Friday 21 March 2014


Vega is a hotel supply company.    We bought some new chairs from them, to go around the tables beside the pool, in July last year.  They're red to (more or less) match the painted doors and windows.  The chairs were described as being sun-proof, so we were disappointed to see that on some of them (4 out of the 12) the arms had faded to a pale orange colour.  It looks like they got a bad batch of the coloured plastic binding.

Anita phoned up the Vega and complained.   They said "send us a photo", so she sent them the one below. They said "OK fine we'll send you 4 new chairs."  They arrived this morning.


Tuesday 18 March 2014

Painting the pool

The swimming pool here, like all pools, requires a certain amount of maintenance to keep the water clear and sanitary.   This means that I have to pop into the local pool supplies shop from time to time, to buy the necessary chemicals.

I spotted this curious accessory for pools in my latest visit - different colour dyes (based on food dyes I guess) to colour the pool water.   There are various shades of blue, which means that you could perhaps reproduce the ambiance of a Caribbean holiday.  But there are other jolly colour options too:  the bright red would allow you to evoke a traditional dolphin slaughter perhaps, and the lurid green could helpfully mask a horrid algal bloom should one occur.  Best of all, the yellow ink could allow water aerobic sessions of Incontinents Anonymous to be held in complete discretion.   I can't decide if the lack of a brown option is a relief or disappointment.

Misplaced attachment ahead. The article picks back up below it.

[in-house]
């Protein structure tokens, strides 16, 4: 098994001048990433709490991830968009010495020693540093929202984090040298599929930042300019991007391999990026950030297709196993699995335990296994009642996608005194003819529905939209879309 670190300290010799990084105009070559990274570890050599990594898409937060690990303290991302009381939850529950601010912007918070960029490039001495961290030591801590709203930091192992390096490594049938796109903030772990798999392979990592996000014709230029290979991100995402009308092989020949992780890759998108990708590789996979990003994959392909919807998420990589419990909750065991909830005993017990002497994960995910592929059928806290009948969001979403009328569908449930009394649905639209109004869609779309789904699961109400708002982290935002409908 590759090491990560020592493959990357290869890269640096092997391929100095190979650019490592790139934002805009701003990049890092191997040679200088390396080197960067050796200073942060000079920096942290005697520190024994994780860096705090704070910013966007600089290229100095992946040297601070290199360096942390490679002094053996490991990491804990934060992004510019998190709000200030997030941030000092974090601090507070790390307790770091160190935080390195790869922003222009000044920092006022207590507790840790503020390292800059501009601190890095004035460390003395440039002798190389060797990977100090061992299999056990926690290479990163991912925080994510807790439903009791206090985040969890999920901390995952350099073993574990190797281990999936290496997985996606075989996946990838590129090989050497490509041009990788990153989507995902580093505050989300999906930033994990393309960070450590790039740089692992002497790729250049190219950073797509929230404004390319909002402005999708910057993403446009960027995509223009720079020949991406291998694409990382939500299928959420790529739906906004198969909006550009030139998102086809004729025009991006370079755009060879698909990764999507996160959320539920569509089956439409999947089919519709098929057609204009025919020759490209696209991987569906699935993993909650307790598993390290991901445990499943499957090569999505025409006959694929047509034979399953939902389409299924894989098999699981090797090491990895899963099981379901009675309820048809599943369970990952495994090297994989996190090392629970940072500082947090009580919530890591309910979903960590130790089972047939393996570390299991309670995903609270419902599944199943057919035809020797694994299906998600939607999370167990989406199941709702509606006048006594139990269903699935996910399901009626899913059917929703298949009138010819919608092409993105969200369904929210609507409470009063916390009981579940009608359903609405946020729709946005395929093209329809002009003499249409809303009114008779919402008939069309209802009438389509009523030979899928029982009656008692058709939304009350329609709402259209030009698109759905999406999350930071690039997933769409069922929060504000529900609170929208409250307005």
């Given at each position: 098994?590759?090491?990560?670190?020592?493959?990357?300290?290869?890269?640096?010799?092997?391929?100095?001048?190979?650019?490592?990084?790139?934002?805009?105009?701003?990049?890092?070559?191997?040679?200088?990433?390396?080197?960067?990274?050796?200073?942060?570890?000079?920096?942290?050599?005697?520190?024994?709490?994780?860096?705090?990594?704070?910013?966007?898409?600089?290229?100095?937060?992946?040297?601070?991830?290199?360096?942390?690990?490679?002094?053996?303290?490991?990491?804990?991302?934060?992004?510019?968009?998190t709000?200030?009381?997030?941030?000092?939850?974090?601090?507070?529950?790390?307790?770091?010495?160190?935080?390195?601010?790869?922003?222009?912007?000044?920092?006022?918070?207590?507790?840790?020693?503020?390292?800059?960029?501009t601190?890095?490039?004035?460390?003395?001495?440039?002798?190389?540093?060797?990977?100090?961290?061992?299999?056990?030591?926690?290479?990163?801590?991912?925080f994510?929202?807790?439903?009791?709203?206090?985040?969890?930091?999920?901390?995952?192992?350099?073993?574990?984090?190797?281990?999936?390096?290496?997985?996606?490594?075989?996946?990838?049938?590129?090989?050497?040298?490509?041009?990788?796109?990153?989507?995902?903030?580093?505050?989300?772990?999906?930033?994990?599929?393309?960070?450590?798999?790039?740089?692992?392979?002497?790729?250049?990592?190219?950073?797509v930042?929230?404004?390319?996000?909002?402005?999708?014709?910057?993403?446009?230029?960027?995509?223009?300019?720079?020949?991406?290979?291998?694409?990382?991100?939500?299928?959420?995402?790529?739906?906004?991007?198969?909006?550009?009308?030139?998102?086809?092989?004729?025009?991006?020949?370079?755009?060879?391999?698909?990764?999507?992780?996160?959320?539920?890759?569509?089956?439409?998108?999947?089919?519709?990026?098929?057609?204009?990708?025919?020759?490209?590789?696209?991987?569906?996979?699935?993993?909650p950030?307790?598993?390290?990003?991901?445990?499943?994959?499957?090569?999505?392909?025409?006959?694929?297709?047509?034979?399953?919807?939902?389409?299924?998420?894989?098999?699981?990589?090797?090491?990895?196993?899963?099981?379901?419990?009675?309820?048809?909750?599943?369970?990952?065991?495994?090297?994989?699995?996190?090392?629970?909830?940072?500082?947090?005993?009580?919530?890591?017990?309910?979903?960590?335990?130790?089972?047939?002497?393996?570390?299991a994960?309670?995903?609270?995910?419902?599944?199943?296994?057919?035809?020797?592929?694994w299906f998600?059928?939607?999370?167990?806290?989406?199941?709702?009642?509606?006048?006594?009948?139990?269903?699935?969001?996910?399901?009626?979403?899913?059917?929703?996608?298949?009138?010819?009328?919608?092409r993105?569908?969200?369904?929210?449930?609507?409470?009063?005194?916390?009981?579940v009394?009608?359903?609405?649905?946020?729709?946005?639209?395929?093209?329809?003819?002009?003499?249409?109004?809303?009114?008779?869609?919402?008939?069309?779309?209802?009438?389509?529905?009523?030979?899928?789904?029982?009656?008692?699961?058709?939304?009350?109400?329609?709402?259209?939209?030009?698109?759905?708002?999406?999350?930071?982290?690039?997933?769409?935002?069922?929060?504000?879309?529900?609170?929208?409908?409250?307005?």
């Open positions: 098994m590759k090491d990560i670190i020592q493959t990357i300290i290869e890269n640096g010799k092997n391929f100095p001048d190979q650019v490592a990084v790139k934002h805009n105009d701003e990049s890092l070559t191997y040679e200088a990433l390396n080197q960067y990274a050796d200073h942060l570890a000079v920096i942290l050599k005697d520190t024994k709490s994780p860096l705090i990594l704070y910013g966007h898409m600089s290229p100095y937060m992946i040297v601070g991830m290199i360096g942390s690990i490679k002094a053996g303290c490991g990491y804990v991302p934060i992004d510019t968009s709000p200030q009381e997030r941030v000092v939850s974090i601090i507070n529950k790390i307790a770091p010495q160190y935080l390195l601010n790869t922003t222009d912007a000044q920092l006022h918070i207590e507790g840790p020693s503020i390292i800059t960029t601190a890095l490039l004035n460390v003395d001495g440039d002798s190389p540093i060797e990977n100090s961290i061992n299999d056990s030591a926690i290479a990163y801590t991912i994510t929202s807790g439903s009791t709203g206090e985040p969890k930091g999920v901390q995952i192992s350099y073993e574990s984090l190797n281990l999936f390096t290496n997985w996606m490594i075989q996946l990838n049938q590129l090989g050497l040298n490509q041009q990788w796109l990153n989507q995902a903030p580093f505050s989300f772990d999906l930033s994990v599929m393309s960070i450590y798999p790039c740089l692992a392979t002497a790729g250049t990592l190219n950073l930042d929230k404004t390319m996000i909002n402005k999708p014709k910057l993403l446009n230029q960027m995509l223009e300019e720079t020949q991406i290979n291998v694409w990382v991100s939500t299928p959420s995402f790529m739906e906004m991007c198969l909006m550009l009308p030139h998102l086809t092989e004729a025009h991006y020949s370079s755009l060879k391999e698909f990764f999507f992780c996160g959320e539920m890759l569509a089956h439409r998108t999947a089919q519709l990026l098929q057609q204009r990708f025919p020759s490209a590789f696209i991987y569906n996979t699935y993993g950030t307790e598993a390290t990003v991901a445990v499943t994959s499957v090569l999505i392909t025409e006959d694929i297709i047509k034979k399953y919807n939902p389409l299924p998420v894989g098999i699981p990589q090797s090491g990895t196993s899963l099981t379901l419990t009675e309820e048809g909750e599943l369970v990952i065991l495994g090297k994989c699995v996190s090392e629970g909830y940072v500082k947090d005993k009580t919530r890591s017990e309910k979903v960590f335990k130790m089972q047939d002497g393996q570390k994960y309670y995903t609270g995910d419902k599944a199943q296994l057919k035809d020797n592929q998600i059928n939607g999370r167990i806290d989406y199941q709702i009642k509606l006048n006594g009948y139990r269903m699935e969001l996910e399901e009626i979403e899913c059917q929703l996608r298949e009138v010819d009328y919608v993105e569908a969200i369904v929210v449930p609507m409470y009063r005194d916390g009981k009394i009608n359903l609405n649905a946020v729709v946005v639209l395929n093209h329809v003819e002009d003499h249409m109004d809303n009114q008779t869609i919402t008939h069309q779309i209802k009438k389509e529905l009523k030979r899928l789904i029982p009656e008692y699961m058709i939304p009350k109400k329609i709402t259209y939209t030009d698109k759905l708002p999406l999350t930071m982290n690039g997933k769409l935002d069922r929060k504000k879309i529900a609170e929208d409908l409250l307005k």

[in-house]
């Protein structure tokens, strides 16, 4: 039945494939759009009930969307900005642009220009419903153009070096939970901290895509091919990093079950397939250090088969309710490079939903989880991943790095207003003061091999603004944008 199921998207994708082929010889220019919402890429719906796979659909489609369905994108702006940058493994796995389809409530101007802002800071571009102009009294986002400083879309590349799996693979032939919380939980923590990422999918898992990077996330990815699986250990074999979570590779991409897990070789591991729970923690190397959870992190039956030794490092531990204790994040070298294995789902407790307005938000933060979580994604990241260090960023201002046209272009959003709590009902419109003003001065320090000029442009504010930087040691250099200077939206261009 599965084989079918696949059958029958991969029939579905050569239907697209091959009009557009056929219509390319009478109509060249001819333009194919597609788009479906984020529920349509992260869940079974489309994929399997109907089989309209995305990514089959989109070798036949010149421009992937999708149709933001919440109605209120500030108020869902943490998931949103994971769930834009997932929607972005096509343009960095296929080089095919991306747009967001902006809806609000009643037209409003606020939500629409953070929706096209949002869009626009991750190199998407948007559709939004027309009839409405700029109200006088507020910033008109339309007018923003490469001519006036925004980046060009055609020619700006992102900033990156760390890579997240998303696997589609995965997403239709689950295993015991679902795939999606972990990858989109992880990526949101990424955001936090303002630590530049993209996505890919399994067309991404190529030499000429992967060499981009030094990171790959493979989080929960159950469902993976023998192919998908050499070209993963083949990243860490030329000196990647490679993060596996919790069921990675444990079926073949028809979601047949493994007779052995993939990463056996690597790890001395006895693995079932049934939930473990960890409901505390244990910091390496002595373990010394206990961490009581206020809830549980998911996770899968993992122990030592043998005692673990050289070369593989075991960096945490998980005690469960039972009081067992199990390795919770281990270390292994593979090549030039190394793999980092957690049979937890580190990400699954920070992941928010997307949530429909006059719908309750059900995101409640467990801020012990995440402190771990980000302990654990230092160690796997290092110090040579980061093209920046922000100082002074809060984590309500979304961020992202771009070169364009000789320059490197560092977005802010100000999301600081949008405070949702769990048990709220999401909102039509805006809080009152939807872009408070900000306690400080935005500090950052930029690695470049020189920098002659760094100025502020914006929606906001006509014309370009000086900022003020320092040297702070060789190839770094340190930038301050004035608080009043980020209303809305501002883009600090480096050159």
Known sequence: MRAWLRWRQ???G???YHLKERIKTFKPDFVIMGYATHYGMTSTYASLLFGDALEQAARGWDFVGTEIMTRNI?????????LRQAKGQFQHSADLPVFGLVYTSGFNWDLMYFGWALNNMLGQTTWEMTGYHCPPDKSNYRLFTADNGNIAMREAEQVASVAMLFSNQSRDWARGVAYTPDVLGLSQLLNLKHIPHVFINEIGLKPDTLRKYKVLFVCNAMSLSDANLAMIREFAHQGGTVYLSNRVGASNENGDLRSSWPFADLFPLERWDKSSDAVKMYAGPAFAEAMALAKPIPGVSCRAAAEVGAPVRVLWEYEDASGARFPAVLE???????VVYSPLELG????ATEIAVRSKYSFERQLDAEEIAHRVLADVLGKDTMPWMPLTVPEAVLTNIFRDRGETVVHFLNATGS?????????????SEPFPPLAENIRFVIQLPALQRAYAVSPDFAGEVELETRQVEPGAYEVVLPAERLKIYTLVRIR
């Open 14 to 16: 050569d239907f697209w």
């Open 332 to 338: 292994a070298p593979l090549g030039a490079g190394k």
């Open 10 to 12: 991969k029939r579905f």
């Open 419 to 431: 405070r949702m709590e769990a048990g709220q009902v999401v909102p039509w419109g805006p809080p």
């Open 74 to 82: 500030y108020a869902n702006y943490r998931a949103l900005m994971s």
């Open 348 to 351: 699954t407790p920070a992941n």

Apparently the colour fades after a couple of days, and the dye costs a mere 35 euros or so per bottle.  A must for any pool owner.

Saturday 15 March 2014


There is a conservatory attached to the house here.  Actually, conservatory is a rather grand name for it: it is more like a lean-to shed with glass walls.  Its best feature is a bottomless planter in its sunny south-west corner.  The soil in the planter is contiguous with the earth beneath and so there is little need for watering: the moisture wicks up from the ground.